Monday, November 19, 2007
Stinson responds to a question
I wonder if Tom has seen my note on the new study on Minnesota's place in acquring international patents. Now try to square that with the latest press release from St. Cloud's own state Senator Tarryl Clark:
MP: There has been a lot of debate about whether this is because of a lack of investment in government or a refusal to pay taxes, or, on the other side, too much taxation hurting the business climate. How much of a factor are these things and how long does it take before these decisions are reflected in economic performance?
TS: There is not much you can do in the short run to stimulate a large economy like the State of Minnesota's. Typically it takes awhile for a cumulative impact to be noticeable. But one of the large changes that may have occurred is that the production of defense material has become more important in the U.S. economy than it was five or 10 years ago. And that is not an important sector in Minnesota. So to the extent that the growth in the U.S. economy is coming from defense production, Minnesota is bound to grow more slowly.
Another place where we have to be concerned is our investment in new technology. We are not talking about just the state government's investment, but the broad range of investments in research and development. The identification of new products and new processes and new ways of doing things has slumped significantly in Minnesota compared to what it was 20 or 30 years ago. It could be that part of our underperformance economically is that we just haven't been investing enough in r&d compared to the rest of the country.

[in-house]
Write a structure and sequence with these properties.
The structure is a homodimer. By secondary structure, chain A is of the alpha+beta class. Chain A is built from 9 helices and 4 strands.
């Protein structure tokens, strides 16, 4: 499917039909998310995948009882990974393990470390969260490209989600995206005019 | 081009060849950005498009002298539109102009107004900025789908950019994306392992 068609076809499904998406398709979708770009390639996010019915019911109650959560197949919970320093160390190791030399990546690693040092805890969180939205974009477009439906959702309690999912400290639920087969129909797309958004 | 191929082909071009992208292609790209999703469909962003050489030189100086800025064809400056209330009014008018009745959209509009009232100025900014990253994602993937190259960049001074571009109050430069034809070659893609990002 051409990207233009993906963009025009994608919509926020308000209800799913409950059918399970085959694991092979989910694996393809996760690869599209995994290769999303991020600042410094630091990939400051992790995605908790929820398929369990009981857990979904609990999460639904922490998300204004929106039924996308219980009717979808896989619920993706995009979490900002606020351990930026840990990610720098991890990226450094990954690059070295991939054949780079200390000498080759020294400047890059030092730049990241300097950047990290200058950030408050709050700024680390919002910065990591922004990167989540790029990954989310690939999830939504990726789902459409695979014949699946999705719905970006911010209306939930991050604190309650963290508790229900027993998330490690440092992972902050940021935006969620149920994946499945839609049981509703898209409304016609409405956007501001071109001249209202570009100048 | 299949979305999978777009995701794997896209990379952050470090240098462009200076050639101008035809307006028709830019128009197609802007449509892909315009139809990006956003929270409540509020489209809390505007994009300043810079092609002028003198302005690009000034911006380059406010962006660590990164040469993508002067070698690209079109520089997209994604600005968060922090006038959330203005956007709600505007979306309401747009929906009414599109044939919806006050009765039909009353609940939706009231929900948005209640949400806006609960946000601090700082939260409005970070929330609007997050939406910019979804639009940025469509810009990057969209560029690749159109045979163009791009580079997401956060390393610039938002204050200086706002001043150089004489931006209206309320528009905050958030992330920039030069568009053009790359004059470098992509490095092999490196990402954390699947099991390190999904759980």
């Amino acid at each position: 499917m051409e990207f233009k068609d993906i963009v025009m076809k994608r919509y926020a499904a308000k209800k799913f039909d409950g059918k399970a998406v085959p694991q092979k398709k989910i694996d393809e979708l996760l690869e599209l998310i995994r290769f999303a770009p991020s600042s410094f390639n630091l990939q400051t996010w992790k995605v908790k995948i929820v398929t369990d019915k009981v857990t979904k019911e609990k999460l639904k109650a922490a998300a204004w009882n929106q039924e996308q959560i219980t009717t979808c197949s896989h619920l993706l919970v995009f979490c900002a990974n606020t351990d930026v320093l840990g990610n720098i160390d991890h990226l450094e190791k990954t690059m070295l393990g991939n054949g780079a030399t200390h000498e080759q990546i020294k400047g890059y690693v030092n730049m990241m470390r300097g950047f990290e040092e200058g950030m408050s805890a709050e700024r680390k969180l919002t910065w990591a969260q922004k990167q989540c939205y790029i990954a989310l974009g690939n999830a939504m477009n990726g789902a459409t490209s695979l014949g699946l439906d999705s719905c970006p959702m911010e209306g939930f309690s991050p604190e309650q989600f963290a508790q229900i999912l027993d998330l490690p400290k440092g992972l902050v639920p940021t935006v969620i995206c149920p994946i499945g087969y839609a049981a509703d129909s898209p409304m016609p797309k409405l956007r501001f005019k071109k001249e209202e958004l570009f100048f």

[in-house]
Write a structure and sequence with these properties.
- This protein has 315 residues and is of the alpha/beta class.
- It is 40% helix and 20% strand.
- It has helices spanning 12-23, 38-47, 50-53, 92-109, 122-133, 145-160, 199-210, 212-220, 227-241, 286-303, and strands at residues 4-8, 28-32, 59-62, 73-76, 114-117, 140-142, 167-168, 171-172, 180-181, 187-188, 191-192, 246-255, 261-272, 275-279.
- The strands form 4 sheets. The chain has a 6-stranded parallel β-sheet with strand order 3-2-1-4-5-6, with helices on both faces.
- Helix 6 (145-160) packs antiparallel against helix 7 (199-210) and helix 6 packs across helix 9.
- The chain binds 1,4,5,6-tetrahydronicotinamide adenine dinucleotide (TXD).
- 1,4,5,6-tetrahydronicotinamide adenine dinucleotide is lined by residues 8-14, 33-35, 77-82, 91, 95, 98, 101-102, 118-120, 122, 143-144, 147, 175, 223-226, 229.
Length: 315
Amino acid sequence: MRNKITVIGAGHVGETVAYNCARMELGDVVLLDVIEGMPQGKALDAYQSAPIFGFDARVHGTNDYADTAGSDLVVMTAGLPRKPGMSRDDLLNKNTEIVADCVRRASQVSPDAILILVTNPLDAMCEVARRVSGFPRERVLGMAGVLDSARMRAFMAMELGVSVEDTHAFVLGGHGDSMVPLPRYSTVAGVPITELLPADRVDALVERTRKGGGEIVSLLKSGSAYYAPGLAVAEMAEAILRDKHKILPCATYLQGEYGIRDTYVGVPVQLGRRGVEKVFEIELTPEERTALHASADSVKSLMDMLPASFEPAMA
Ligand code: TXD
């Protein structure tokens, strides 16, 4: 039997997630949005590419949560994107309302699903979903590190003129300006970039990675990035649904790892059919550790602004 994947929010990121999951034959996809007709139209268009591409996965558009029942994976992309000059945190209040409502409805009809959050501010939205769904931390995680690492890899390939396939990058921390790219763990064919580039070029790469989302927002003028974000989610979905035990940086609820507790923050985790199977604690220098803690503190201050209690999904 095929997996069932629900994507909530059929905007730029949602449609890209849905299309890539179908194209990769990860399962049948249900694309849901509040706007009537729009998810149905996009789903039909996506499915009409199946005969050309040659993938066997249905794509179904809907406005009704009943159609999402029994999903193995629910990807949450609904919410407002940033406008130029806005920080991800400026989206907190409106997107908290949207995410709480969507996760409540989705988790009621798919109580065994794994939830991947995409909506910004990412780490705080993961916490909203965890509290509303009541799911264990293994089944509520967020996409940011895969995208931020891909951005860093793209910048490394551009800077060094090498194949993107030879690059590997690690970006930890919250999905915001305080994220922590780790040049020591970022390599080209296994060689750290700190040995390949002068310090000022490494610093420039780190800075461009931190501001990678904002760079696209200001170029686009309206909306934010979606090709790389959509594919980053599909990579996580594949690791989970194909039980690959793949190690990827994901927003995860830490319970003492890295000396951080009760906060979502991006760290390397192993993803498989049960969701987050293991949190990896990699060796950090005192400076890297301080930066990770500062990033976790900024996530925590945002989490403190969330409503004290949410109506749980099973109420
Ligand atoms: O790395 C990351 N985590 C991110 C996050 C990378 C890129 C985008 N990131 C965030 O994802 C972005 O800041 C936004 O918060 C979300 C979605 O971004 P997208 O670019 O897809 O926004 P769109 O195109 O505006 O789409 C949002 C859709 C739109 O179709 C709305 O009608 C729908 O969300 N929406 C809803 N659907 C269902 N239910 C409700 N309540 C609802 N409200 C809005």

Sen. Clark said the Legislature must focus on passing a new bonding bill, a transportation finance package to fix the state�s roads and bridges, as well as a new tax bill aimed at spurring job growth and reducing property taxes soon. Many other strategies to promote growth in the emerging bioscience and renewable-energy industries should be examined, according to Sen. Clark.What in this would fix the Minnesota economy? The tax bill being discussed raises taxes on some in order to give others the possibility of a property tax break. At best that's sloshing money between households. If you raise taxes on rich individuals, from where do you get the money for private investment? As Craig Westover points out, "Talk about how �we� distribute the resources �we� have easily becomes talk about how �we� distribute the resources �you� have."
Gary Gross provides a reminder of what the Senator wanted to use to fix our economy last year. Leo suggests the taxing will continue until morale improves.
It's no use pretending the problem of a softening economy isn't there. The sooner conservatives recognize it and propose what to do with it, the sooner they can start beating back the tax proposals of Sen. Clark. Next week will focus the mind...